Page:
Historically, the name “Persian Gulf” is undisputed. The Greek geographer and astronomer Ptolemy referencing in his writings the “Aquarius Persico.” The Romans referred to the "Mare Persicum." The Arabs historically call the body of water, "Bahr al-Farsia." The legal precedent of this nomenclature is also indisputable, with both the United Nations and the United States Board of Geographic Names confirming the sole legitimacy of the term “Persian Gulf.” Agreement on this matter has also been codified by the signatures of all six bordering Arab countries on United Nations directives declaring this body of water to be the Persian Gulf.

But in the past century, and particularly at times of escalating tensions, there have been efforts to exploit the name of the Persian Gulf as a political tool to foment ethnic division. From colonial interests to Arab interests to Iranian interests, the opening of debate regarding the name of the Persian Gulf has been a recent phenomenon that has been exploited for political gain by all sides. Google should not enable these politicized efforts.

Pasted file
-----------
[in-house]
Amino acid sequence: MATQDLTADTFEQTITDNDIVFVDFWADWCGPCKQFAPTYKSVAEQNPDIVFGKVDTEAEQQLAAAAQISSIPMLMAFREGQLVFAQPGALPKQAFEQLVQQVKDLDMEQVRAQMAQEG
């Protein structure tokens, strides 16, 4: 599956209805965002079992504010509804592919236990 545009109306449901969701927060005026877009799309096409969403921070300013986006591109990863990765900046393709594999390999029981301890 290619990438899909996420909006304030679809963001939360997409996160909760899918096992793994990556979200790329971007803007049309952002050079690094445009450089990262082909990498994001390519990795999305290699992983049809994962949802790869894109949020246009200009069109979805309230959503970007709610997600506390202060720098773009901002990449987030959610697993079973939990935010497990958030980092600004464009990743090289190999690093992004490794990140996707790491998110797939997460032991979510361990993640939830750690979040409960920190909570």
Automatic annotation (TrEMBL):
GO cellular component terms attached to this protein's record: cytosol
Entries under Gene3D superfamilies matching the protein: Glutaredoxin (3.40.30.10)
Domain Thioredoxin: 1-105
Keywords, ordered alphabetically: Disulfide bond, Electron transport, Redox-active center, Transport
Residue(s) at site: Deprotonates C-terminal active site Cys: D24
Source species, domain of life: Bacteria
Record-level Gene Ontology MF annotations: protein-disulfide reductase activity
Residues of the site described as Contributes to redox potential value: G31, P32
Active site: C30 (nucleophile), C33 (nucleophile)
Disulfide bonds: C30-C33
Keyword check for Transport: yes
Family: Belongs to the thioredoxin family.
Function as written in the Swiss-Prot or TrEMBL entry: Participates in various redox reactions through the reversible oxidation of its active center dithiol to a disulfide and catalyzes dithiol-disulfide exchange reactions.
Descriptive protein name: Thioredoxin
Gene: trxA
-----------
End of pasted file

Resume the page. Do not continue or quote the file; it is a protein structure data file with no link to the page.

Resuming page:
In the 1930s, British adviser to Bahrain Sir Charles Belgrave proposed to rename the Persian Gulf, “Arabian Gulf,” a proposal that was rejected by the British Colonial and Foreign offices. Two decades later, the Anglo-Iranian Oil Company resurrected the term during its dispute with Mohammad Mossadegh, the Iranian Prime Minister whose battle with British oil interests would end in a U.S.-sponsored coup d'état that continues to haunt U.S.-Iran relations. In the 1960s, the title “Arabian Gulf” became central to propaganda efforts during the Pan-Arabism era aimed at exploiting ethnic divisions in the region to unite Arabs against non-Arabs, namely Iranians and Israelis. The term was later employed by Saddam Hussein to justify his aims at territorial expansion. Osama Bin Laden even adopted the phrase in an attempt to rally Arab populations by emphasizing ethnic rivalries in the Middle East.